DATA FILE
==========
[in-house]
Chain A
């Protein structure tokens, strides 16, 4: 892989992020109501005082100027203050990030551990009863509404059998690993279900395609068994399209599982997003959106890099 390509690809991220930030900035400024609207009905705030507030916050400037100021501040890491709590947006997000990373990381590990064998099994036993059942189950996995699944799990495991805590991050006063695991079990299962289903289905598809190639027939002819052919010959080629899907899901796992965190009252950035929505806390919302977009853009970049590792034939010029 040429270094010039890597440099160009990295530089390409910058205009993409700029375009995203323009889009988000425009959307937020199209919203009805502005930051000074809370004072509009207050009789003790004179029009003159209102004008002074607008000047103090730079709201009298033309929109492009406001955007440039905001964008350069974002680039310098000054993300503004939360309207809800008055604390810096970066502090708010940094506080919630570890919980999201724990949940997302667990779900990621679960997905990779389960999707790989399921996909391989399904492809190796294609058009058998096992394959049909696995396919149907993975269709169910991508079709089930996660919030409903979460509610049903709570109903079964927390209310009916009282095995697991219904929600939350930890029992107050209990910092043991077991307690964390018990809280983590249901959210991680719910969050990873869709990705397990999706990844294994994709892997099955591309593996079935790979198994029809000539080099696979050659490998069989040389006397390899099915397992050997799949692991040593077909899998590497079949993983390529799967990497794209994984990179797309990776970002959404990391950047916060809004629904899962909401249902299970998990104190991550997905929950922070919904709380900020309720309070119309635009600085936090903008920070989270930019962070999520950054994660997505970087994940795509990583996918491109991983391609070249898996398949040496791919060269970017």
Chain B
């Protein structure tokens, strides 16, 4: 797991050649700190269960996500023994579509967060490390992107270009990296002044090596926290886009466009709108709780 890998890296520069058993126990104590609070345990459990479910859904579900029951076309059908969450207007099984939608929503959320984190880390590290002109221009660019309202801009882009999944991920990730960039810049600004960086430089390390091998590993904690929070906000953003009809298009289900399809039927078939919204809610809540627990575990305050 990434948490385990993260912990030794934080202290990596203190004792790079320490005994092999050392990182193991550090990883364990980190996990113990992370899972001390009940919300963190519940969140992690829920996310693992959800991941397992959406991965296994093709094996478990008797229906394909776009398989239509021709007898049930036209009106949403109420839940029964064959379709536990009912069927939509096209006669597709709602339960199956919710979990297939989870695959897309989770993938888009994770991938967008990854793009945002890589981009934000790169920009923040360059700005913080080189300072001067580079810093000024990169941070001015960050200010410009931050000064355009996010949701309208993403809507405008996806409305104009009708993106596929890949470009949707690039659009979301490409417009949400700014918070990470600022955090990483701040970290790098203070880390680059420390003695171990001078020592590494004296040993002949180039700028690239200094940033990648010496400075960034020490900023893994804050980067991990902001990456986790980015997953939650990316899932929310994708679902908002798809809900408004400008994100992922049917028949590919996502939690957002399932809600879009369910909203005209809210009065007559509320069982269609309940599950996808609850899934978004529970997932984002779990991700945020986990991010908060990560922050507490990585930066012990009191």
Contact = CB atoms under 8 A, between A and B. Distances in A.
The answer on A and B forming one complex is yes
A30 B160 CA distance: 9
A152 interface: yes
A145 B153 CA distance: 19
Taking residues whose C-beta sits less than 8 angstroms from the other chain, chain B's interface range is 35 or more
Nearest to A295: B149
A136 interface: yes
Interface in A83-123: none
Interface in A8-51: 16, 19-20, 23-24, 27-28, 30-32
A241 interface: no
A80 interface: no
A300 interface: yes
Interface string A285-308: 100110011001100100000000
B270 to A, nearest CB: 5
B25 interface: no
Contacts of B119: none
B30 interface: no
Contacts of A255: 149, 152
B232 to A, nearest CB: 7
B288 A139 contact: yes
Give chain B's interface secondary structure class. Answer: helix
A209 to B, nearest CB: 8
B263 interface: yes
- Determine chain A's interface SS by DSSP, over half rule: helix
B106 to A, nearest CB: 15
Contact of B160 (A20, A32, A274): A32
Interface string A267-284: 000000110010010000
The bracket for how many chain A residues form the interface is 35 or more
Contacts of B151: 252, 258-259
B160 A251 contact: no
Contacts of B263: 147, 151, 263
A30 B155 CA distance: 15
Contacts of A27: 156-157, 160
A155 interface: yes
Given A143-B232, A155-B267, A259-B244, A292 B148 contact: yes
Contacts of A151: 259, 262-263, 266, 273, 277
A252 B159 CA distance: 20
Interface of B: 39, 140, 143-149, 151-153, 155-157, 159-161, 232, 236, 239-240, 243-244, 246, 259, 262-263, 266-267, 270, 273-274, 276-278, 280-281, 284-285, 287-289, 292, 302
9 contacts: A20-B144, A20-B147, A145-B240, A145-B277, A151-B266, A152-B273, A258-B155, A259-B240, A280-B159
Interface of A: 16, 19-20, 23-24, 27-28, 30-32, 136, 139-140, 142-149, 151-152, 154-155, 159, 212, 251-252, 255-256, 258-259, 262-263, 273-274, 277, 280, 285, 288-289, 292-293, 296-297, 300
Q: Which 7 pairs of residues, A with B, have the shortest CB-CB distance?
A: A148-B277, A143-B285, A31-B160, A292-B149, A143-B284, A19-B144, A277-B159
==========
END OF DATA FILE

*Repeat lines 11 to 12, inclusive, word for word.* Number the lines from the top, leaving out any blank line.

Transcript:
Taking residues whose C-beta sits less than 8 angstroms from the other chain, chain B's interface range is 35 or more
Nearest to A295: B149